The Only Conference Worth Attending
The Only Conference Worth Attending: A Personal Account of the 11th Conference of the Property & Freedom Society
By Keir Martland
(10th September 2016)
In an age when most conference speeches are almost automatically uploaded to Vimeo or YouTube, why bother going to the conference in person? Surely, it is so much more enjoyable to watch the conference speeches in the comfort of your own living room from your laptop, one per night for about a week? Conferences are generally awful. The speakers can be dull. The room might be ugly. The chairs might be uncomfortable. The food – if there is any – might be inedible. There is never any entertainment. Why bother going?
This holds up pretty well for most conferences, but not for the annual conference of the Property & Freedom Society, hosted by Professor Hans-Hermann Hoppe and Dr. Guelcin İmre Hoppe at the gorgeous Hotel Karia Princess in Bodrum, Turkey. As Dr İmre Hoppe put it last year in her own speech, the PFS is the Club Med of conferences.
The annual meetings of the PFS are the only conferences designed as if the attendees actually mattered. As I said, other conferences are awful. I could now start a long digression on the particular flaws of all the other conferences I attend, but that would not be very charitable. Instead, I will explain just what it is about the annual meetings in Bodrum that makes them so enormously enjoyable.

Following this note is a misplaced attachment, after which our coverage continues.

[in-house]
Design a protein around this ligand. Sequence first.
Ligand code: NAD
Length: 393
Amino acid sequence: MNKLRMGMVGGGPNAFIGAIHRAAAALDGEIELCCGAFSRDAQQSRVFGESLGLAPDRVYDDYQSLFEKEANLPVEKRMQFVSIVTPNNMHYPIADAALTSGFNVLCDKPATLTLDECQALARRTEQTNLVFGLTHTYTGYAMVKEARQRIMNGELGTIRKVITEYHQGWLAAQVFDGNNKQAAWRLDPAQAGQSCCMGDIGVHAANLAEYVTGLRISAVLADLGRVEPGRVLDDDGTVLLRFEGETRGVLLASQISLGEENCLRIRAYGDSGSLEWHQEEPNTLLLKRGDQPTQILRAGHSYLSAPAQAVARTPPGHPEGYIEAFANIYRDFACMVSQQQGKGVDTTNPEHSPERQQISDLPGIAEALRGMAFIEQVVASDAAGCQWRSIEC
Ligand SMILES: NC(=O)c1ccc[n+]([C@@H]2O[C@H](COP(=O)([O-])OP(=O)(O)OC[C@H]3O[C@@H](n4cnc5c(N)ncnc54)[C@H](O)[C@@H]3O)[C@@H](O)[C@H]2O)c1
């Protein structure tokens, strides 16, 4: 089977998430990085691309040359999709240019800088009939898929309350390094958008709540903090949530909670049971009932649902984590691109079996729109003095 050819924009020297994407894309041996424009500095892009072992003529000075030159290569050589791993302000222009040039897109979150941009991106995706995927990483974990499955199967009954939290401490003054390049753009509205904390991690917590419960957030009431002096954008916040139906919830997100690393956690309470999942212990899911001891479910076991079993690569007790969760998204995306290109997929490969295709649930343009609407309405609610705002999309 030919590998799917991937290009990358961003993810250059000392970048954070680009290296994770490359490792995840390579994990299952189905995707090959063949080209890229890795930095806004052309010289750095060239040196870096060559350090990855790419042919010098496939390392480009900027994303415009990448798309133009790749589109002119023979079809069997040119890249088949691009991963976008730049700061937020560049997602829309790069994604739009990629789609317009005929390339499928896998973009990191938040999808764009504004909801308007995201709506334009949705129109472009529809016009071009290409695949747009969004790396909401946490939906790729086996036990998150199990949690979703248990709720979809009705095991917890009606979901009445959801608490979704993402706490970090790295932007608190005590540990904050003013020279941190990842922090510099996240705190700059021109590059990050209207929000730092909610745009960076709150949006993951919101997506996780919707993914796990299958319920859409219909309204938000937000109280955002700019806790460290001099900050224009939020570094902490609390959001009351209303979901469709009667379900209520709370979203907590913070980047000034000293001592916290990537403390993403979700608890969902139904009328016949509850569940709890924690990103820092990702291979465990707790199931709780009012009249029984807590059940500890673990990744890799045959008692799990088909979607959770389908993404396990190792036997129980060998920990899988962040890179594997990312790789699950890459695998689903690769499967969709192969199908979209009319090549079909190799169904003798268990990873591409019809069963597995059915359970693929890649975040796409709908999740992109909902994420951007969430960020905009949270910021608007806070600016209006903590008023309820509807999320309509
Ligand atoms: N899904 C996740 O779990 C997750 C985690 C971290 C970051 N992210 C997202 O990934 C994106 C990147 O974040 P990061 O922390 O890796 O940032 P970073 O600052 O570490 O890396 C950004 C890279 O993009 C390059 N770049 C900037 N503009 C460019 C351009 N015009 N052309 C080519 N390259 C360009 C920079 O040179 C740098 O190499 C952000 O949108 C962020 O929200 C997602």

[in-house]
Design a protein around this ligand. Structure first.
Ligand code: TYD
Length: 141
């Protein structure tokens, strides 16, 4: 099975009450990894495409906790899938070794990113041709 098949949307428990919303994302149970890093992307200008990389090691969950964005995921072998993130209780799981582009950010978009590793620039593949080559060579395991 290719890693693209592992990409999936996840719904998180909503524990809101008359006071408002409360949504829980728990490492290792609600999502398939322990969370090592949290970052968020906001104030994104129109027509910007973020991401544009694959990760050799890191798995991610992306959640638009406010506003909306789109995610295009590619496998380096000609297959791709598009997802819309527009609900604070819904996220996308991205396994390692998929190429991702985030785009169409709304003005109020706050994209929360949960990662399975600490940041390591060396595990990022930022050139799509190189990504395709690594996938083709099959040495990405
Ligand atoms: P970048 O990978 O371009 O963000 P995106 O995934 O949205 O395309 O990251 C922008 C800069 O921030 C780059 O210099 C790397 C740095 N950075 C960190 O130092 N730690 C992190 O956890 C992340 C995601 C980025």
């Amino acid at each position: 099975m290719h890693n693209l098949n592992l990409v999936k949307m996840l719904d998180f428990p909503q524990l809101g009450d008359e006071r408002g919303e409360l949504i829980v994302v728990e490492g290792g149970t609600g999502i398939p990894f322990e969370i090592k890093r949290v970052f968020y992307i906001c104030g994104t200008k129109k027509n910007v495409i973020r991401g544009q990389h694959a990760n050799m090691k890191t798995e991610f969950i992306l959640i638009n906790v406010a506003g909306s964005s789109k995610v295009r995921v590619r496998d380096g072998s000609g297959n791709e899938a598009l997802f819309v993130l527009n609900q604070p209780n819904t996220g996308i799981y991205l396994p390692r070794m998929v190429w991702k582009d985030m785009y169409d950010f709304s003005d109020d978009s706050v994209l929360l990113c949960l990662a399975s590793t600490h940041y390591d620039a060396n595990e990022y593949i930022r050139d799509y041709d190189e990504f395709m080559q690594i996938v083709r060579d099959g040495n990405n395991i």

First, the format is leisurely. The formal proceedings start late, after a comfortable window for breakfast, and then after a few speeches there is a long lunch break. The formal proceedings then resume and are over with long before dinner, allowing bags of time to read, dress, shower, sunbathe, swim, play tennis, nap, or whatever else takes your fancy. Oh, and after every speech there is a 15 minute coffee break. These breaks are essential, and yet I can’t recall attending any other conference with them. Instead, what usually follows speeches at most poorly organised conferences is a long “Q & A” session, which basically just becomes an excuse for bores to drone on and on while hogging the microphone – and occasionally they might actually have a question! At PFS, this is remedied by the use of panel sessions at the end of every day of speeches, which work much better than monotonous questions and answers. After every speech, Professor Hoppe stands up and reminds everyone of the welcome 15 minute break and attendees stretch their legs, drink coffee or water, or go outside to smoke. At this point the conference room and the one adjoining it becomes filled with conversation – on all manner of topics, not just the contents of the last speech. I will return to the topic of conversations later, but here I will just stress the importance of it.